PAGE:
Showing Off Architectural Assets
Characterized by low-pitched roofs with exposed rafter tails, and deep porches supported by prominent posts, Craftsman-style homes deserve an exterior paint scheme that calls out their ample architectural assets. Often incorporating natural materials—such as fieldstone chimneys, foundations, and porch piers—Craftsman exterior paint colors have historically been complementary earth tones. These natural hues persist today, though shades are often brighter and cheerier. To help pick a pleasing palette for your Craftsman, we’ve compiled a raft of inspiring examples:
A neutral green body color is the backdrop for more standout shades of blue, purple, and yellow on the trim and other architectural elements.
Shown: Thicket (body); Schooner (roof eaves and pergolas); Chambourd (window surrounds); Citrine (window sash); from Benjamin Moore.
White and two shades of blue-green highlight this restored 1911 bungalow’s features, including horse-head-shaped brackets and intricate shingle and half timbering designs in the front gables.
Similar to shown: Sparkling Lake (body); Subway Tile (trim); Pond (accents); from Valspar Paint.
Warm ochre, sand, and sage hues give this bungalow a Southwestern vibe to complement the plantings and hardscaping elements that surround it.
Shown: Dune Drift and Ranch Tan (body); Rooftop Garden (trim); Iron Oxide (brackets, door, and window sash); from Behr.
Terra-cotta paint on the brackets and window sash, and creamy white on the trim tie the wood elements in with the brick chimney and prominent stone piers and foundation walls.
Similar to shown: Sundance (body); Old Parchment (trim); Sweet Sunrise (accents); from Mythic Paint.
Details in Focus
Brick-red and green accent colors call attention to a dormer punctuated with three divided-light windows and a handsome front entry framed by boxy columns. Both hues, as well as the warm yellow clapboards, tie in with the existing sand-colored asphalt shingle roof.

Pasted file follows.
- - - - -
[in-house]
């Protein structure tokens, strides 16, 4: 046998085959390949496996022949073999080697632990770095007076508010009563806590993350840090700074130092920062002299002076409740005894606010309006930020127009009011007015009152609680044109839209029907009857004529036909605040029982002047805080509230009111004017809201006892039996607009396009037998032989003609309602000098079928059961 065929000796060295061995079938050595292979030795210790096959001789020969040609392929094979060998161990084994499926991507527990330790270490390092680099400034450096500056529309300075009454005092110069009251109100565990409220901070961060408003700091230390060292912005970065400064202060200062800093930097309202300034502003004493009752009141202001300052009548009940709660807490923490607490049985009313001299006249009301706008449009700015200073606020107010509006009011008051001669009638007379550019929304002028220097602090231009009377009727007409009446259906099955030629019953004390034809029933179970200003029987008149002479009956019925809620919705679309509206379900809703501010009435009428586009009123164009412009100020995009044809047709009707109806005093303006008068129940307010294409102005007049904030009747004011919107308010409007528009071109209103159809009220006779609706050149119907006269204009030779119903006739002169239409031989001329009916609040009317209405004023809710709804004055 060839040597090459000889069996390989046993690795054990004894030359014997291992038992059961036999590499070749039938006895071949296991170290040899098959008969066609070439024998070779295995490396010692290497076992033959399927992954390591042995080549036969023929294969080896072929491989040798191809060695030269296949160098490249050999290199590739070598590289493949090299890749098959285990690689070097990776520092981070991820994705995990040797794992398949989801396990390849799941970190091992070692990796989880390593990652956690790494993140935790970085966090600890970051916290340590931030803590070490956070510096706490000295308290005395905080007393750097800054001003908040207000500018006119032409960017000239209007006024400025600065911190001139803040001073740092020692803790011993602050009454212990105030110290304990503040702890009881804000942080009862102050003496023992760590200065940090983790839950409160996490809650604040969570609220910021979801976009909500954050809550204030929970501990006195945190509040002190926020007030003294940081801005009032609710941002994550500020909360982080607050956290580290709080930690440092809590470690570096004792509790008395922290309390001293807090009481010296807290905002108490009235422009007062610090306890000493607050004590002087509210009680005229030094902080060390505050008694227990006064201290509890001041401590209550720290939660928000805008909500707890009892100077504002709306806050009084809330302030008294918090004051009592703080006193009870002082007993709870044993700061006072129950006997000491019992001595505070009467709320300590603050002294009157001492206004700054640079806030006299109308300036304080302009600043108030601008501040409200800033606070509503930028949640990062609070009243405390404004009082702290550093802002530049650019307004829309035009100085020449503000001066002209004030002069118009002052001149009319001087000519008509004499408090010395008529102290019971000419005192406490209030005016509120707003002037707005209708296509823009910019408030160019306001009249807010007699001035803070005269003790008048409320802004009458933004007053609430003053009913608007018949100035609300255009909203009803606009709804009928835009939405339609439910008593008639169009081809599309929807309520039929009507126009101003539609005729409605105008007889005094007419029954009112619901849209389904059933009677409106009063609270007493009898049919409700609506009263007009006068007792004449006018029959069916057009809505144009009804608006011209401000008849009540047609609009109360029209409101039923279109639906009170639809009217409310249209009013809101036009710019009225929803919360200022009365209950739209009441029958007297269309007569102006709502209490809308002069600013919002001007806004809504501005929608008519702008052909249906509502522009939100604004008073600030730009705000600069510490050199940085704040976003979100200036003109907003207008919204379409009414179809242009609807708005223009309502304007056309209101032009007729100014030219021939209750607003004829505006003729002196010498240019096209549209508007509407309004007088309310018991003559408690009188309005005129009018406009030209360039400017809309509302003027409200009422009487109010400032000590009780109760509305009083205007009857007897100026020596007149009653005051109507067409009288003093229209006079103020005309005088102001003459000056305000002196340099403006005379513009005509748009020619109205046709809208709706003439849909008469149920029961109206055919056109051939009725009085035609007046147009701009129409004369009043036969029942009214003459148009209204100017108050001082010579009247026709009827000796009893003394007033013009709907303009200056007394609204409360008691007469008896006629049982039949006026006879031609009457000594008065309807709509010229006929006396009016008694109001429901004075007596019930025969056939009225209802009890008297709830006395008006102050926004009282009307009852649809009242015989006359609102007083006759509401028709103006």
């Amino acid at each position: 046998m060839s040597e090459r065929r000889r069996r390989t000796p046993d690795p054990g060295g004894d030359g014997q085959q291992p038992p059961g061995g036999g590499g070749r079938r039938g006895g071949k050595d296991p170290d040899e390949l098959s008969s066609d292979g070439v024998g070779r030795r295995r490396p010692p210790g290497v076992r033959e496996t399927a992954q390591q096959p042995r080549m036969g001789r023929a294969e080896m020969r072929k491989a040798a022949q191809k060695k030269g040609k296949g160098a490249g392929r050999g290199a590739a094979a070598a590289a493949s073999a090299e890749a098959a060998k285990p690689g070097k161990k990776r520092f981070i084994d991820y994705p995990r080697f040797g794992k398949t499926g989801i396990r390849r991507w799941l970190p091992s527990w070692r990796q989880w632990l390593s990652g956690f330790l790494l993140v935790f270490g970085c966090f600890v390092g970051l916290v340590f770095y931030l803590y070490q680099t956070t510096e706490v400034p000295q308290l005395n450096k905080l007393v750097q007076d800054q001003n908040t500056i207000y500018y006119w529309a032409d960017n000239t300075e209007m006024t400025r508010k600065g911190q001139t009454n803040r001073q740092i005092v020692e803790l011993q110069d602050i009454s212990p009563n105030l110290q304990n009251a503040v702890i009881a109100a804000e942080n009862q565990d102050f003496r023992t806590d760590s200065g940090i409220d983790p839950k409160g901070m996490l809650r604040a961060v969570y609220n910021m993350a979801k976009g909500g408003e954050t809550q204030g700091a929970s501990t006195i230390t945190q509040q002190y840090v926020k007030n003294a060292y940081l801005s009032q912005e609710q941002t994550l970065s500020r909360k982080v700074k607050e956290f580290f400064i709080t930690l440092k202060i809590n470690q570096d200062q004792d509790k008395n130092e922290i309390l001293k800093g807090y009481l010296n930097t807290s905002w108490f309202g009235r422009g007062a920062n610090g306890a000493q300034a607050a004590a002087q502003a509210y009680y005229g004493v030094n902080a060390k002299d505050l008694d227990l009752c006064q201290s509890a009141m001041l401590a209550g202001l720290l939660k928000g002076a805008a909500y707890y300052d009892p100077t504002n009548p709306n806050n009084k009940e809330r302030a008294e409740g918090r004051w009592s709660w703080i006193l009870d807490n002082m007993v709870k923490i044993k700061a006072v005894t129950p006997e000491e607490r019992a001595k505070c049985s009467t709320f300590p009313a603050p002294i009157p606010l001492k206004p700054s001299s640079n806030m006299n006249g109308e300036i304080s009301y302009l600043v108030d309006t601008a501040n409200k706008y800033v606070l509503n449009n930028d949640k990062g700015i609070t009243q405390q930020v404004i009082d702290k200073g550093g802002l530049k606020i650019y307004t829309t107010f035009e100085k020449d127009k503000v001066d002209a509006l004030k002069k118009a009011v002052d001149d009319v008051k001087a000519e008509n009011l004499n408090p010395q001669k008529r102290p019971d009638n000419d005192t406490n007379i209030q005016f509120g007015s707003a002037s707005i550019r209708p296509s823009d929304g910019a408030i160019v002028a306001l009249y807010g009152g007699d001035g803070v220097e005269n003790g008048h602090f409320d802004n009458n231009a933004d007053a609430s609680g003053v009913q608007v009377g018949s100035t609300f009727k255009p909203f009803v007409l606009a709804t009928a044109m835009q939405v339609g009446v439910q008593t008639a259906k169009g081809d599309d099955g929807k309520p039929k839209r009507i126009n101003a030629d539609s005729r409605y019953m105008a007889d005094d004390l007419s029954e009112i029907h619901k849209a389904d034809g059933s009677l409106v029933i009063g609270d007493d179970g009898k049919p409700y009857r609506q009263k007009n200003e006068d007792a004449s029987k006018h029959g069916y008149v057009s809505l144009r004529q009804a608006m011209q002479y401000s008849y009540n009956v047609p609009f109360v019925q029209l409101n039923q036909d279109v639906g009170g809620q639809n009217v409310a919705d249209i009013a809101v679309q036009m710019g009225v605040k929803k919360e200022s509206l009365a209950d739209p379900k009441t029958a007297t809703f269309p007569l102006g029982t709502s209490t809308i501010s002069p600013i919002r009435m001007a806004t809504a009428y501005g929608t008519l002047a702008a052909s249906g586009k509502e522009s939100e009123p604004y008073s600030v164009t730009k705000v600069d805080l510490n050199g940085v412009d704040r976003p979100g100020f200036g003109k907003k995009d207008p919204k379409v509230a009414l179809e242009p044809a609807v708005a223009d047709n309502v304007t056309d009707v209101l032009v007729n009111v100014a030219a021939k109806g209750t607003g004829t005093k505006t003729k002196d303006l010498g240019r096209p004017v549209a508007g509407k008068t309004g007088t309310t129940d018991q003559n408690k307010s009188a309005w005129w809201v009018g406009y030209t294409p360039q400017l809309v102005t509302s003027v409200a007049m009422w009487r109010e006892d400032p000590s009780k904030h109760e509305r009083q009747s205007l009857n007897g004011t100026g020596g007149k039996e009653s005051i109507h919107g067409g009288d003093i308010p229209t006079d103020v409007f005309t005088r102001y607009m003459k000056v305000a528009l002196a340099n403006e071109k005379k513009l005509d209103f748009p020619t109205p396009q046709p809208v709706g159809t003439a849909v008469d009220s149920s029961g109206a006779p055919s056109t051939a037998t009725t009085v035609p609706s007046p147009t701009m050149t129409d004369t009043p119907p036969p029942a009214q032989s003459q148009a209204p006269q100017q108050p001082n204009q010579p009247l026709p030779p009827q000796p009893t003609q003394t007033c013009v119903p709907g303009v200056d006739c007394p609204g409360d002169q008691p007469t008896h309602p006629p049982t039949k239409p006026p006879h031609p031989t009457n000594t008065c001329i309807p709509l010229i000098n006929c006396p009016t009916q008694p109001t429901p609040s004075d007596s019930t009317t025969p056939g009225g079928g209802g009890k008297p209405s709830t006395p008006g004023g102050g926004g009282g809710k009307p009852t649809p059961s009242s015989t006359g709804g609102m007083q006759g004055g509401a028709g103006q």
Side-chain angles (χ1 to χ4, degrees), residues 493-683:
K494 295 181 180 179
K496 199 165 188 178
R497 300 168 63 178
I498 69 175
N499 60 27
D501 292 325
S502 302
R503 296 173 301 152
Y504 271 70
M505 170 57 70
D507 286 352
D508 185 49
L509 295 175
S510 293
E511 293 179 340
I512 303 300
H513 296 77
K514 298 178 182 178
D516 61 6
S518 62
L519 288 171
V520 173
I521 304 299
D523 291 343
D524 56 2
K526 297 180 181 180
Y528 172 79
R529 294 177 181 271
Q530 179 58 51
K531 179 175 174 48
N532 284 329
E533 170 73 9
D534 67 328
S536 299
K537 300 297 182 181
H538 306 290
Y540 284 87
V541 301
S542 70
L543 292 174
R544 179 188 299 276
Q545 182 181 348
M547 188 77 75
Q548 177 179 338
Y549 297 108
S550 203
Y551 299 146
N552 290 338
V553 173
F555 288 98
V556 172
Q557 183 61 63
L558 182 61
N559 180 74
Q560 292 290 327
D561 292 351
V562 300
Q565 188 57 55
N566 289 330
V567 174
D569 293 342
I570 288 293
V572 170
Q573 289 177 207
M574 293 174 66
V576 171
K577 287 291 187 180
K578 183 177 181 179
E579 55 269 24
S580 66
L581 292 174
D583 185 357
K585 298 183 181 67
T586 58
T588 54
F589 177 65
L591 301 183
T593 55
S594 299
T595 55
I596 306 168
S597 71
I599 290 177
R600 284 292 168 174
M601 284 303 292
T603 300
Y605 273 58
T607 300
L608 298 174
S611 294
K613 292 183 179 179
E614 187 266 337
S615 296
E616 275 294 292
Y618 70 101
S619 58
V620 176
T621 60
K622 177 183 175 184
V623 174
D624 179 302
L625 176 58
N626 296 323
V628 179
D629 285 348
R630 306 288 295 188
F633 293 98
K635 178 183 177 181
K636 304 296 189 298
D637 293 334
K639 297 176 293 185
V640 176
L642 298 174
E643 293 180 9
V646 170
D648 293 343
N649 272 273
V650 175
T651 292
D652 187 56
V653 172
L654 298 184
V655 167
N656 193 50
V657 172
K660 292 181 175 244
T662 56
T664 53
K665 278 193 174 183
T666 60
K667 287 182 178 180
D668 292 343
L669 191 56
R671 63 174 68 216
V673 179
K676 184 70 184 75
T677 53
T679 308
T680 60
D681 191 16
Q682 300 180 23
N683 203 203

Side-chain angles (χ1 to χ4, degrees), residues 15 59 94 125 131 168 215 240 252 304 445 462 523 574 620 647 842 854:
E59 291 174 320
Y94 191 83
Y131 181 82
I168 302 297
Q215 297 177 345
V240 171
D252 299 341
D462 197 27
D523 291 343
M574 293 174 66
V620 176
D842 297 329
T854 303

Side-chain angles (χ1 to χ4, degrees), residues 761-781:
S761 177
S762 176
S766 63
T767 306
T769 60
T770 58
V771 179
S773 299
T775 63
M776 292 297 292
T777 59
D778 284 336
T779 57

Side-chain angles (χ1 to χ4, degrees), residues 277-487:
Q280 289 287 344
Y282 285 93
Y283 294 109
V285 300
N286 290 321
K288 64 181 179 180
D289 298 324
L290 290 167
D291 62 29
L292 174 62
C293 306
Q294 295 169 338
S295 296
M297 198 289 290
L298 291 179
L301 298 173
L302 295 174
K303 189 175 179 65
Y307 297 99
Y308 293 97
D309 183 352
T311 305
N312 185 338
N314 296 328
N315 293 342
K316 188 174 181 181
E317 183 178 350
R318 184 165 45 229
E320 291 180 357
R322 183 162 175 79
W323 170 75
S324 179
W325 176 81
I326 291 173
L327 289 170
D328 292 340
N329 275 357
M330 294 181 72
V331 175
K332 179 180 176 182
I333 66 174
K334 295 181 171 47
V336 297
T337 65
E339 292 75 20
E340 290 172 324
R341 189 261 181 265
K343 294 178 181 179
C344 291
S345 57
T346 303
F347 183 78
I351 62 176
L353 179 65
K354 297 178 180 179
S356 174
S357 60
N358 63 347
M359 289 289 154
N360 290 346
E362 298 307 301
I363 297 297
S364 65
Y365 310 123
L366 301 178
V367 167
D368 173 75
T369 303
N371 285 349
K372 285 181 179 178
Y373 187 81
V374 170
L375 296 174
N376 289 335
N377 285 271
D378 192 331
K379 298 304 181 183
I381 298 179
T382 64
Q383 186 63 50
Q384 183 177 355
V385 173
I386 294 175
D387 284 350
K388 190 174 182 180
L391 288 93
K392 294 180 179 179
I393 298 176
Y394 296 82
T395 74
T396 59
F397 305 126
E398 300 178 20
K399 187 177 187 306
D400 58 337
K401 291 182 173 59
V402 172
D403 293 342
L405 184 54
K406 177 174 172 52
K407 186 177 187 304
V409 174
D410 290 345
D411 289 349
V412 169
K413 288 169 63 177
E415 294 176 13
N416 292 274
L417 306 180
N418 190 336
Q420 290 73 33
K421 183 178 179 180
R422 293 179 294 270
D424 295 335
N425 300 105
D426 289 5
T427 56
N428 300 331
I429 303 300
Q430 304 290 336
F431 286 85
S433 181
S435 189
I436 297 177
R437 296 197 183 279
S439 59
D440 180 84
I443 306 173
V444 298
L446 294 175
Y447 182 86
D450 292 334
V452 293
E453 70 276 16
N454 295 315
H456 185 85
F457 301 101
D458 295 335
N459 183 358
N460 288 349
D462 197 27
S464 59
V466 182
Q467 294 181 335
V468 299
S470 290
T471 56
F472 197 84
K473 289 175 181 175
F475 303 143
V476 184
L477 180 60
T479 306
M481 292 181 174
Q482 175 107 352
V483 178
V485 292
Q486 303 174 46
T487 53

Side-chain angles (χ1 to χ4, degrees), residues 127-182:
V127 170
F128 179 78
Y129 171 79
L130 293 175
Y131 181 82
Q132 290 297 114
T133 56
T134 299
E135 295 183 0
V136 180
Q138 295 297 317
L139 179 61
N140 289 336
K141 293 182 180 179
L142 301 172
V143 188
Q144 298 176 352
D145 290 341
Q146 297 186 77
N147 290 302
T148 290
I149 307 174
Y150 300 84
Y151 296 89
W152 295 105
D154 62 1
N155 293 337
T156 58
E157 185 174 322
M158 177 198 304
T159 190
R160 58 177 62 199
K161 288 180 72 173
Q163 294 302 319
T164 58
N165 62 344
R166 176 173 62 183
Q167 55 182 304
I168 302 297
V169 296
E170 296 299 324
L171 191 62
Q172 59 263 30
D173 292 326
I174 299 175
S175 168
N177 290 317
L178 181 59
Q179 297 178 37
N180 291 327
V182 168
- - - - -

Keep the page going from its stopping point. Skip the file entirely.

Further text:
A saturated green on this hilltop home makes a powerful statement. Trim and architectural focal points, such as brackets under the roof eaves, are highlighted by a contrasting cream color. Window sashes and muntins are painted a green that’s so dark it’s almost black.
Shown: Iron Creek (body); Fluffer Nutter (trim); Sayward Pine (window sash and muntins); from California.
A soft sage body color and sun-yellow accents complement the surrounding landscape, as well as the silvery gray concrete patio and bluestone pathway. By painting the pergola white to match the home’s trim, the add-on feels like a natural extension of the architecture.
Shown: Scotland Road (body); Oklahoma Wheat (windows and doors); Snow Fall (trim); from Behr.
Beige paint on the stucco makes the siding recede behind the more elaborate trim, which is brushed with a bright, scene-stealing white. Foundation walls and window sashes are painted an earthy gray-green hue to emphasize the home’s connection with its natural setting.
Shown: Bittersweet Stem (body); White Flour (trim); Majolica Green (foundation and windows); from Sherwin Williams.
Deep, inky blue on the stucco siding gives the impression of a solidly constructed home with real permanence in the landscape. Bright white trim provides a clear contrast with the dark body color and keeps architectural details, such as the patterned stick-work in the roof and porch gables, from being upstaged.
Shown: Bunglehouse Blue (body); Pure White (trim); from Sherwin Williams.
A taupe body color with a slight green cast has a grounding effect on this one-story bungalow. The muted tone also ties with the existing roof shingles and concrete walkway. Trim is called out in a creamy white and windows are painted a deep red wine hue to tie in with the stained wood entry door.
Shown: Shortgrass Prairie (body); Powdered Snow (trim); Chianti (window sash); from Behr.